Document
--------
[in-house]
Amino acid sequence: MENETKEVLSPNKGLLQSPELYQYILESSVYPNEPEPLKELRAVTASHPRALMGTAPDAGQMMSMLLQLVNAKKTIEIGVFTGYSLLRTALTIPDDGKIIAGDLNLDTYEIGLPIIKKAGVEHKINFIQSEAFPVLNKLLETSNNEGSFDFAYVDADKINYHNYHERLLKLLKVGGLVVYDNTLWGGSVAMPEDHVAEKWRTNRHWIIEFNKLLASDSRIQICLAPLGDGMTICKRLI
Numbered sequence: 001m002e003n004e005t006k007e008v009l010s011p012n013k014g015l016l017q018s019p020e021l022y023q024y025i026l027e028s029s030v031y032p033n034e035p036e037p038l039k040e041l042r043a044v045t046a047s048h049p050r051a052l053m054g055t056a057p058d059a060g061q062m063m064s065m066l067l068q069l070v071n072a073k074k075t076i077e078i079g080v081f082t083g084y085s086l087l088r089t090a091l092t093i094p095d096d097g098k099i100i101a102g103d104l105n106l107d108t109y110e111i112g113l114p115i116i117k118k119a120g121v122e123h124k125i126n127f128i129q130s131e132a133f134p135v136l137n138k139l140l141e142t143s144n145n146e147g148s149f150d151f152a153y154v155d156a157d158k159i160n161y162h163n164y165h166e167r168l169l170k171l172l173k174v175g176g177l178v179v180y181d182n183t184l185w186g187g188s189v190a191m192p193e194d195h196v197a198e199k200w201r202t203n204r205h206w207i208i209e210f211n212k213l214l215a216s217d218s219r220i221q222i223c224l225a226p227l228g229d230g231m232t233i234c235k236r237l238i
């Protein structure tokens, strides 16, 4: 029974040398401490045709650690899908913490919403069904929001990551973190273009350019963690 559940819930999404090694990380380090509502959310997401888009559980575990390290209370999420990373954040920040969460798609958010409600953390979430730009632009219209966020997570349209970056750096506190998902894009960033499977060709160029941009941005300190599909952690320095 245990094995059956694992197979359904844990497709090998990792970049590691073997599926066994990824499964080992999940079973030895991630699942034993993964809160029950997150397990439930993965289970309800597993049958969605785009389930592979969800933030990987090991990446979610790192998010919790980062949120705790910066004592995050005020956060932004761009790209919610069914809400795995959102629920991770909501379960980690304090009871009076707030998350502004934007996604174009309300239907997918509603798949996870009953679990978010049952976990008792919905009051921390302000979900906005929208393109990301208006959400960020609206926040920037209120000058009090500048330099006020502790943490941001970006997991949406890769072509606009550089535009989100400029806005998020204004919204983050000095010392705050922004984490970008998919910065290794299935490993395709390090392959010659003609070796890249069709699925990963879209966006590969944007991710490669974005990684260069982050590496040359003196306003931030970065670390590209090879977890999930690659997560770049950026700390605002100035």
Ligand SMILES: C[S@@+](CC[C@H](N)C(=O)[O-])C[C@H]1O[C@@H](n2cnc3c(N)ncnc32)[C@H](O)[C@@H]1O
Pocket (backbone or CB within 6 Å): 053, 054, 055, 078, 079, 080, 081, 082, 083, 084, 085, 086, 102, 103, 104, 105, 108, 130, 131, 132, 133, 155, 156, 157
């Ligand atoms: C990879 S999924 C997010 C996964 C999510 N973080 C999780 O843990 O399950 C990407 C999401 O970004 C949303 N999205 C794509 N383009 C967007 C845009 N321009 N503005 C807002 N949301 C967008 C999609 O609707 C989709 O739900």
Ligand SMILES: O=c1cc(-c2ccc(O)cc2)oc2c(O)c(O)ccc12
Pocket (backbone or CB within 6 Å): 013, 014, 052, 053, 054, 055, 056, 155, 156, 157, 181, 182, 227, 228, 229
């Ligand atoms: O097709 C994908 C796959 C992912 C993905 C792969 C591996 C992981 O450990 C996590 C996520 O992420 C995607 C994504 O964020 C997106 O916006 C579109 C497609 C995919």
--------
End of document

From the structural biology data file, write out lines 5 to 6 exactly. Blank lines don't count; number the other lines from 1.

Ligand SMILES: C[S@@+](CC[C@H](N)C(=O)[O-])C[C@H]1O[C@@H](n2cnc3c(N)ncnc32)[C@H](O)[C@@H]1O
Pocket (backbone or CB within 6 Å): 053, 054, 055, 078, 079, 080, 081, 082, 083, 084, 085, 086, 102, 103, 104, 105, 108, 130, 131, 132, 133, 155, 156, 157